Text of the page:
Australia Dec retail spending nosedives in warning for economy
SYDNEY, Jan 31 (Reuters) – Australian retail sales posted their biggest drop in more than two years in December as rising borrowing costs and sky-high inflation finally dampened spending, an economic shock that could reduce the need for much more policy tightening.
Retail sales fell 3.9% in December from November, after 11 months of consecutive gains, Australian Bureau of Statistics (ABS) data showed on Tuesday, suggesting interest rate hikes are working as intended so far.
It was also the biggest drop since August 2020 when parts of the country were under lockdown due to the COVID-19 pandemic.
The result missed the median forecast of a 0.3% decline by a wide margin. November’s result, driven by Black Friday sales, was revised up to 1.7% from an originally reported gain of 1.4%.
“The big fall in December suggests that retail spending is slowing due to high cost of living pressures,” said Ben Dorber, ABS head of retail statistics.
“Retail businesses reported that many consumers responded to this pressure by doing more Christmas shopping in November to take advantage of heavy promotional activities and discounts as part of the Black Friday sales event.”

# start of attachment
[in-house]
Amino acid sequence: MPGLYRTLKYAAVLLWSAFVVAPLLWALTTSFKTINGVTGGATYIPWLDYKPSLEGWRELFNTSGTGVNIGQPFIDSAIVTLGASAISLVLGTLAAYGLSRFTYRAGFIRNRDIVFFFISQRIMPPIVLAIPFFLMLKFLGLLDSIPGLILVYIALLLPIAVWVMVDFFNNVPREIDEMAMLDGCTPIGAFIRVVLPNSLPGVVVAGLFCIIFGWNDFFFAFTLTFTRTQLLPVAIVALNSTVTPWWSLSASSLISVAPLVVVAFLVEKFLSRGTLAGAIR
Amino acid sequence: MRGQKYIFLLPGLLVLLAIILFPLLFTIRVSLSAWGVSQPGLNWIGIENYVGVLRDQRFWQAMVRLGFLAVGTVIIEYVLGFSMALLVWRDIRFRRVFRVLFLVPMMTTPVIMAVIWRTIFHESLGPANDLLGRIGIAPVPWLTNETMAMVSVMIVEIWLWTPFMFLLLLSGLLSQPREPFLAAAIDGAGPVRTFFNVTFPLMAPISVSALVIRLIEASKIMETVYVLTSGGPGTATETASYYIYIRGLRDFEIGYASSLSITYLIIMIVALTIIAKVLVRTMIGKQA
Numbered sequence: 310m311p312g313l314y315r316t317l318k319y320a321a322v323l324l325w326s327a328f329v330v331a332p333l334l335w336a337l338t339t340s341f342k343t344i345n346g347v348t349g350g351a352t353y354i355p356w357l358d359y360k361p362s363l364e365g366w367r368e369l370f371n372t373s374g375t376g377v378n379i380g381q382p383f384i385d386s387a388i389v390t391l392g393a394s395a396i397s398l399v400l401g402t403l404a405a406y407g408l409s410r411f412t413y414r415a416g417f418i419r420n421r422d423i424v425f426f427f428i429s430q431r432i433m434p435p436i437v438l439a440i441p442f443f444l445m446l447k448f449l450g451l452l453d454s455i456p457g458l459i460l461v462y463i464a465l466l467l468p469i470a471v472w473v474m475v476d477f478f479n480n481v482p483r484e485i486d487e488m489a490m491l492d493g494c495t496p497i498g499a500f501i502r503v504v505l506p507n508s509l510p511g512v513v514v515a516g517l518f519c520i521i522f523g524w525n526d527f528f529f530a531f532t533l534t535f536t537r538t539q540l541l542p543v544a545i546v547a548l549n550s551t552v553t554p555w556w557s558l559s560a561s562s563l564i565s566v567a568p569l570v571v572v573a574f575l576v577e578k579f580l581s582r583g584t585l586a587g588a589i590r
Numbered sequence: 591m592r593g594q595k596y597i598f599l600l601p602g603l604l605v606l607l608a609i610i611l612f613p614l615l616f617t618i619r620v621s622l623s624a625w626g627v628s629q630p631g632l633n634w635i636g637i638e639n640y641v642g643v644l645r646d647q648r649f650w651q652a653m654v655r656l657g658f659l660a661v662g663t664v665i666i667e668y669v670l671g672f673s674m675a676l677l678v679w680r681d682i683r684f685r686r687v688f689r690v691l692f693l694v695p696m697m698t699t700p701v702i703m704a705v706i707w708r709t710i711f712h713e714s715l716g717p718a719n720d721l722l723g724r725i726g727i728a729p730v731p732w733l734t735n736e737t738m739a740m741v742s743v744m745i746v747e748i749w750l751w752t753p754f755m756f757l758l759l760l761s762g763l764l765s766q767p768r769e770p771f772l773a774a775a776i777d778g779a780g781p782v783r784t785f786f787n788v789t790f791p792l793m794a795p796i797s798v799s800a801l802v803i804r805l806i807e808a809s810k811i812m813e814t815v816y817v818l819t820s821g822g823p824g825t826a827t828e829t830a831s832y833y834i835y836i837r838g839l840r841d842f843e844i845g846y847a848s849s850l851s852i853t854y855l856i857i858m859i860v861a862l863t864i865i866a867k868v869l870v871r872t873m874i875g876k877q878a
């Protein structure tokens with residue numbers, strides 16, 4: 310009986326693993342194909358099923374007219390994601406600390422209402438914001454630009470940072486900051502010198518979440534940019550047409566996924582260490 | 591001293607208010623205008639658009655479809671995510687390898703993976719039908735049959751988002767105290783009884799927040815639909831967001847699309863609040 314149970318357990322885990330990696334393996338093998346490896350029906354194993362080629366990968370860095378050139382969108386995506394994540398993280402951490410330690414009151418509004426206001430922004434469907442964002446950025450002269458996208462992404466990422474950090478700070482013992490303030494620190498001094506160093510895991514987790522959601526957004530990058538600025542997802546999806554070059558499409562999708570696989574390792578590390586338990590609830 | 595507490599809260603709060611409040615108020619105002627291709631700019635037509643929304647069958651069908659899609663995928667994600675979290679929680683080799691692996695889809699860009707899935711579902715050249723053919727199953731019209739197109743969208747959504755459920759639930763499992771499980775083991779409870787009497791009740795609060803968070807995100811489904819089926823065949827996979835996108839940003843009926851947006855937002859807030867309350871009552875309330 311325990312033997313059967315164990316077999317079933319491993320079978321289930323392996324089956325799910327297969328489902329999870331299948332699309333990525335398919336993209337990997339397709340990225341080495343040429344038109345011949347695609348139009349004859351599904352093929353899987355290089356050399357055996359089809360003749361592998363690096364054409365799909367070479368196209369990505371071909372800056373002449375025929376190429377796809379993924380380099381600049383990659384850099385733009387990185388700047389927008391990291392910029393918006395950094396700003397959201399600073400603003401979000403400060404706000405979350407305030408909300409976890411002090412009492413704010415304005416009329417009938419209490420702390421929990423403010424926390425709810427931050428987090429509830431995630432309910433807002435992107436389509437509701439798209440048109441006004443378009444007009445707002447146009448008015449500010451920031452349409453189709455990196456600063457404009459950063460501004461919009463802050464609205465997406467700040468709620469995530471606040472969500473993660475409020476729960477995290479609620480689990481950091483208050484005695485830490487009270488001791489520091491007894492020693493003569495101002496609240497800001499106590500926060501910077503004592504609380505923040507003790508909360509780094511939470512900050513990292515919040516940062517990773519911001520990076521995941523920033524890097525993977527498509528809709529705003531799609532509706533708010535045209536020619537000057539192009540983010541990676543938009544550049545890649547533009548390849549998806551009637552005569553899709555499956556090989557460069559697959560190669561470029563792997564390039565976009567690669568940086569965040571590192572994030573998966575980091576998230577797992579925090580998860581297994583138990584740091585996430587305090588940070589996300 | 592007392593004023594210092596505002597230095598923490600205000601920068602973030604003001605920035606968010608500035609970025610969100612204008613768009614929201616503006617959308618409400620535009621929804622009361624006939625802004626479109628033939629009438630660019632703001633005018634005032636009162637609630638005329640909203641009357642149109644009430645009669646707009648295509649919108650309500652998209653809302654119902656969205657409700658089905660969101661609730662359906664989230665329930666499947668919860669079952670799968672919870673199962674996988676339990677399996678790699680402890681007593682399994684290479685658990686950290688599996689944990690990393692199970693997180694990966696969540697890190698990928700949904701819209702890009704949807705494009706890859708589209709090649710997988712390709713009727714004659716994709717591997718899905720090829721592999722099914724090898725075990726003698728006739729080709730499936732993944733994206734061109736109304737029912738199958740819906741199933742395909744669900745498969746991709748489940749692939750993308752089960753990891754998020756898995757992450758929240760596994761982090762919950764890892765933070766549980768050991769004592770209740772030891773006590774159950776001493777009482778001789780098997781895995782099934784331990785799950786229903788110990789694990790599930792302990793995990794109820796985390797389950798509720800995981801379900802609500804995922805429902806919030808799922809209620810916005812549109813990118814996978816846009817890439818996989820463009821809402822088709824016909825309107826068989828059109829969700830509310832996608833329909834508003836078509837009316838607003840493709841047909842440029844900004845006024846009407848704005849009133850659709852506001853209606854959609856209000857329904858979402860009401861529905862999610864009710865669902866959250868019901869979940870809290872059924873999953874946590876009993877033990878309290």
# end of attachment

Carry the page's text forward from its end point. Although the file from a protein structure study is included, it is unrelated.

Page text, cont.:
Investors responded by pushing the Aussie dollar lower to $0.7046, from $0.7060 before the data, while the implied peak for cash rates by the Reserve Bank of Australia was cut to 3.7% from 3.8% earlier.
Sales declined the most across discretionary goods, including department stores, home goods and fashion retailers. Sales at department stores fell 14.3% from the previous month.
The drop wiped out the gains made in the previous two months and, combined with rising inflation, meant that real sales also fell sharply over the fourth quarter, cutting into economic output.
Inflation is already running at a 32-year high of 7.8%, with a closely watched measure of core inflation, the shortened average, accelerating to 6.9%, well above the RBA’s own forecast of 6.5%.
“The RBA’s trade-off between taming inflation and maintaining some momentum in domestic demand is becoming more challenging,” said Sean Langcake, head of macroeconomic forecasting for BIS Oxford Economics.
“With the impact of the 2022 rate increases yet to be fully realized, we still expect two more increases to be delivered in the first quarter.”
Analysts at ANZ expect consumption growth to slow through 2023 due to higher interest rates and the recent decline in real wages due to strong inflation.
After the data, futures markets were still pricing in a solid 85% chance that the cash rate would be raised by a quarter point to 3.35% next week.
The US Federal Reserve is expected to raise rates by 25 basis points on Wednesday, followed the day after by 50 basis point increases from the Bank of England and the European Central Bank.
An analysis by UBS on Tuesday predicts a sharp slowdown in spending by those holding ‘extra’ cash savings to a well below trend rate from mid-2023.
Reporting by Stella Qiu; Editing by Kim Coghill and Jacqueline Wong
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